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Stop Crashing Planes: Charlie Munger’s Six-Element System

Before we get to Charlie Munger, let’s chat for a minute.

We’ve been noticing a problem lately that you might be familiar with or experiencing yourself: The search for wisdom not actually translating into consistently applied wisdom.

You read a book, love it, put it down. You read a set of articles, love them, put them down. You’re fired up. And then, a week later, the fire is gone. The learning didn’t make it through.

What the hell happened?

We’ve come to call this Transmission Loss, the gap between learning and execution.

The greater the loss, the less “yield” you’re actually getting from the things you learn. Transmission loss tends to be a lot lower in the most practical, repeatable areas of life: If you’re going to be a carpenter, you learn how to properly cut wood and that skill tends to stay with you. If you’re going to be a programmer, you never forget the concept of nested “If-then” statements. It’s as fundamental as breathing. If you’re a pilot, you go through routine maintenance of your skills using aircraft simulators. If you’re a surgeon, you constantly hone and improve the necessary mechanical skills to operate on your patients. These skills, and others like them, are “sticky” and “cumulative.” They’re brought up to fluency and then kept at a high level through repetitive practice. That’s why surgeons and pilots don’t kill many people, why a smart young high school student can build a program unimaginable to us 50 years ago, and why a carpenter doesn’t suddenly forget how to build a strong and stable shelf. The things you learn tend to stick to your ribs over time.

But in the “soft” sciences, the kind we often write about, learning doesn’t seem to be as sticky or as cumulative. “Experts” make the same mistakes as “novices.” We learn concepts from The Psychology of Human Misjudgment, or the power of compound interest, or the power of building seamless webs of trust, fall in love with them, and then continue to behave the same way we did before learning them.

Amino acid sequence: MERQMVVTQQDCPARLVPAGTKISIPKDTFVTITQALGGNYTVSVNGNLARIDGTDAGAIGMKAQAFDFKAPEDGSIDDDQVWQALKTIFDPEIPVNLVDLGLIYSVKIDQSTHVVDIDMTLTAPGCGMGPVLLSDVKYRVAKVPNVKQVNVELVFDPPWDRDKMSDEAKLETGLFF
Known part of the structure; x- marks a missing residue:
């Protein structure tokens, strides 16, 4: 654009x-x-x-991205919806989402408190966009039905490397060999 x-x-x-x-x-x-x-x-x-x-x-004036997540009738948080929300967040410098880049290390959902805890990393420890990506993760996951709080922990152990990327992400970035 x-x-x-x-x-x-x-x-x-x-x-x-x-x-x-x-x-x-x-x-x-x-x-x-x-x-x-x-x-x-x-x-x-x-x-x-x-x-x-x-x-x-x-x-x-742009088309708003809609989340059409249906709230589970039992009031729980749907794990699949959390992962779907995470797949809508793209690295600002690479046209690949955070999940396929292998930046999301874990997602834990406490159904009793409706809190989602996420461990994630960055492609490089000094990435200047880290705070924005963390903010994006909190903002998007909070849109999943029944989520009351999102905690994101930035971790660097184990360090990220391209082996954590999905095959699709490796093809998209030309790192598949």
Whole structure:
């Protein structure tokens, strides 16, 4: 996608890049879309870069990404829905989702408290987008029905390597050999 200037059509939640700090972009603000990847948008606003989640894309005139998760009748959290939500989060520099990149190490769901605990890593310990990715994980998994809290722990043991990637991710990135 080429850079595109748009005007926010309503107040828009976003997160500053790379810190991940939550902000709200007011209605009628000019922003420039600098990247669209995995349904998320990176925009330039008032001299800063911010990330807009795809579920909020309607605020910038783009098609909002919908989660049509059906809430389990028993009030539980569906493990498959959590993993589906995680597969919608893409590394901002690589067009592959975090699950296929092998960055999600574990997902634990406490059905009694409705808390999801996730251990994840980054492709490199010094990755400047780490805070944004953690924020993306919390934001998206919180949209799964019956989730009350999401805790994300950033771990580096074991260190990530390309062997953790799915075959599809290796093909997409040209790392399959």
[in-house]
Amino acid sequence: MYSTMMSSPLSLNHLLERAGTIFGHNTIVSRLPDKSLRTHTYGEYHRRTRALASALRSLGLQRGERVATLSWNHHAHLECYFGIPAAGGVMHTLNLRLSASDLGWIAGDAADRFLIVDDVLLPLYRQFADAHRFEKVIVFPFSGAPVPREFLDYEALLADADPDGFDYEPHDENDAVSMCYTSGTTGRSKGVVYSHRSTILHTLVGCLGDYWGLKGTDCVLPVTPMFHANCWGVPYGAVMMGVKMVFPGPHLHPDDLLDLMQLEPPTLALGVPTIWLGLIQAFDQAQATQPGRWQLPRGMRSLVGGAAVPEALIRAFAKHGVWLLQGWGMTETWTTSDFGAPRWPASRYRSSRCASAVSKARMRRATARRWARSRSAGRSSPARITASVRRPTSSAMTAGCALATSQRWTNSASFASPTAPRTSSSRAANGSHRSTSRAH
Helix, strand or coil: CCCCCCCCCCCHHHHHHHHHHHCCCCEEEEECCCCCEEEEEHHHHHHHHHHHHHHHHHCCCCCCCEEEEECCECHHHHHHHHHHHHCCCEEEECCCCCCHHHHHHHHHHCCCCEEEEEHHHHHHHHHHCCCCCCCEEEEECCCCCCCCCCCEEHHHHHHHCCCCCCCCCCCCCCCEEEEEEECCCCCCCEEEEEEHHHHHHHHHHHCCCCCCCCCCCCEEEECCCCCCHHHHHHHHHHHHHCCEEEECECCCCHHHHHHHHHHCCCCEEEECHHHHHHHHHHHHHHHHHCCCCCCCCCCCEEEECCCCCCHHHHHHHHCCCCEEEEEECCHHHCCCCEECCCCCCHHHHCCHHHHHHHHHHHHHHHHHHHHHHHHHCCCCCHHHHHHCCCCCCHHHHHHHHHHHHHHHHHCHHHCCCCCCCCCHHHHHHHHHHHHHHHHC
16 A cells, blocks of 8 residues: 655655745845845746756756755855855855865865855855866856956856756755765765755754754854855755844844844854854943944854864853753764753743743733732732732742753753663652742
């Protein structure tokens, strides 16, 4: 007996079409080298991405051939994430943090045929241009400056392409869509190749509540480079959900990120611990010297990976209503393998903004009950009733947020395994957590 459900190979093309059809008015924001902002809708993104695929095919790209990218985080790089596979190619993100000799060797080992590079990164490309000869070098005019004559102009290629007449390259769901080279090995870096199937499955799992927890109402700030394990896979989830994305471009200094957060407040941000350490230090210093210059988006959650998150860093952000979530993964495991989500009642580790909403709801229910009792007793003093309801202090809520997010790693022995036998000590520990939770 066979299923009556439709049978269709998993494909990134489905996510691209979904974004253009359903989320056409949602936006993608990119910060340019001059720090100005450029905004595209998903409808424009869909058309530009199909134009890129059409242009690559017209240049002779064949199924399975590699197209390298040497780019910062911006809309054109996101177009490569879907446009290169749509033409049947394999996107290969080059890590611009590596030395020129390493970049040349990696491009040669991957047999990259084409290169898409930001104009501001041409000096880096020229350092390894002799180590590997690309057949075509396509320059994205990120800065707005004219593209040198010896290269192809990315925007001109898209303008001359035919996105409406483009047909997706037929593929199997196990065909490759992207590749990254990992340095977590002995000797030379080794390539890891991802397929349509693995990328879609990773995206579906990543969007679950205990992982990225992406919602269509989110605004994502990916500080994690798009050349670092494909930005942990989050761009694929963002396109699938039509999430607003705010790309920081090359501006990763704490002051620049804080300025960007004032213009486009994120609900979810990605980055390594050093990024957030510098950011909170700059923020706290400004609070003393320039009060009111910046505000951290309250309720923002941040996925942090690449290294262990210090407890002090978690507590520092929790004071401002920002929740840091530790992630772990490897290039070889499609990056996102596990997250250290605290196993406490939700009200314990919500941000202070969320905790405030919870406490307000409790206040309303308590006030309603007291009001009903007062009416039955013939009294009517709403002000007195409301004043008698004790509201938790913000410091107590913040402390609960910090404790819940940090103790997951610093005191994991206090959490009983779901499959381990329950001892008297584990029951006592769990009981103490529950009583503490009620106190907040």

Investors can be the worst at this: They learn about the dangers of leverage and then invest half their portfolio in debt-ridden high-fliers, or learn about the shortcomings of a metric like EBITDA, but go on using it merrily a week later. Many of us have known a general manager who claimed to love the teachings of Peter Drucker or Warren Bennis or whoever else, but carried on treating people with dictatorial zeal, shocked to see them unmotivated or unproductive. And how many compensation plans do we deal with that totally ignore the basics of human nature? Yet, I strongly suspect their creators were familiar with the concept and principles of personal incentives.

It seems that in these “softer” fields, our actions are much harder to match with our education. We don’t always think of it this way, but some of the “surprises” that befall people are the equivalent of a trained pilot pulling back on the stick and expecting the nose of the plane to dive down.


It’s tempting to think of the main difference between these skills as complexity. As in, investing money or managing sales people is more complex than flying an airplane or learning to play chess at a high level. That’s partially true and partially not true — flying a plane is obviously not a simple, easily learned task, but at least the laws of physics are invariant.

The largest difference I can see between those sticky, cumulative skills and the stuff that regresses easily is that the former have a clear set of fixed/knowable rules and a process for maintaining fluency, while the latter seemingly do not.